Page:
Hedge Funds Boost Yen-Sensitive Short Sales, Deutsche Bank Says

Hedge funds investing in Japan increased short-selling of companies sensitive to the yen’s strength as the currency surged amid the U.S. credit downgrade and concerns that Europe can’t contain its debt crisis, according to Deutsche Bank AG. (DBK)

“What we have seen is selective shorting of foreign exchange-sensitive companies increase,” said Christopher Donald, managing director and the head of global prime finance trading in Japan at Deutsche Securities Inc. in Tokyo. “If things were to worsen, some people may be looking to put on some shorts.”

The yen has climbed 5 percent over the past three months to 76.98 per dollar as of 8:52 a.m. in Tokyo, near the post- World War II record of 76.25 that it touched on March 17. A stronger yen reduces the value of overseas profits by Japanese exporters when converted back into the home currency.

The Eurekahedge Japan Hedge Fund index has gained 1.4 percent this year through July, compared with a 1 percent advance by the global benchmark. Shorting involves selling borrowed securities with the view their prices will fall and they can be bought back cheaper to make a profit.

Stock-Picking Game

Signs of earnings growth may prompt some funds to buy stocks following the sell-off, Donald said. Deutsche Securities has seen inflows from Japan-focused hedge funds increase 10 percent to 15 percent since April 1, he said.

“Some long-short funds are thinking there could be some opportunities,” Donald said. “This is very much a time for selective stock-picking, where people can go in and take a look at the underlying companies that have good solid earnings that might have been unfairly punished or sold out of.”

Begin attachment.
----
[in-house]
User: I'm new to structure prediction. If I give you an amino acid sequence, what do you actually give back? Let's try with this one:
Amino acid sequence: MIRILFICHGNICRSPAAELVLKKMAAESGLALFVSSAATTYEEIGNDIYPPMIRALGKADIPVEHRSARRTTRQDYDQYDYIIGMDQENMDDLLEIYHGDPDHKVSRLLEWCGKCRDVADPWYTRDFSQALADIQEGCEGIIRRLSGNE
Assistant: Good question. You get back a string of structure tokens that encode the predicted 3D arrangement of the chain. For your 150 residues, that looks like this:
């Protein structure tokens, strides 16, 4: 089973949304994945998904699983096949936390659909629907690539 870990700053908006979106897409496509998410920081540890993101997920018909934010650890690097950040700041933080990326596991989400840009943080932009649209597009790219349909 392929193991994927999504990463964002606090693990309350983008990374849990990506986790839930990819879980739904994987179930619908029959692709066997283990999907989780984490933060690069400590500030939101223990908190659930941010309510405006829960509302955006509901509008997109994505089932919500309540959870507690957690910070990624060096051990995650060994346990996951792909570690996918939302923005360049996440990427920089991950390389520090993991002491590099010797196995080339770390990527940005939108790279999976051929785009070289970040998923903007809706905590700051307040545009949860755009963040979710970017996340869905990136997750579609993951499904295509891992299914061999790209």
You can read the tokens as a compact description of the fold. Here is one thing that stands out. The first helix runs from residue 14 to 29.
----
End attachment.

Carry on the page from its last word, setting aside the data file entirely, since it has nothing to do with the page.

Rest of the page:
Japan’s stock benchmark Nikkei 225 Stock Average has slumped 8.7 percent this month and closed at 8981.94 yesterday.

Funds betting on volatility and high-frequency or quant funds may have benefited from the recent increase in market swings, while funds that had long or short-bias bets may have been affected, he said.

The VIX, as the Chicago Board Options Exchange Volatility Index is known, had the second-largest percent drop ever on Aug. 9, reversing the biggest surge in four years the day before, after Federal Reserve Chairman Ben S. Bernanke promised to keep interest rates at record lows to revive economic growth.

“We’re not seeing a hedge-fund fallout and we’re not seeing any redemptions, which could have a cascading effect where managers have to sell out of their portfolios,” said Donald. “The question is what is going to be the long-term and do people have the stomach to withstand the volatility.”

To contact the reporters on this story: Tomoko Yamazaki in Tokyo at tyamazaki@bloomberg.net; Komaki Ito in Tokyo at kito@bloomberg.net

To contact the editor responsible for this story: Andreea Papuc at apapuc1@bloomberg.net

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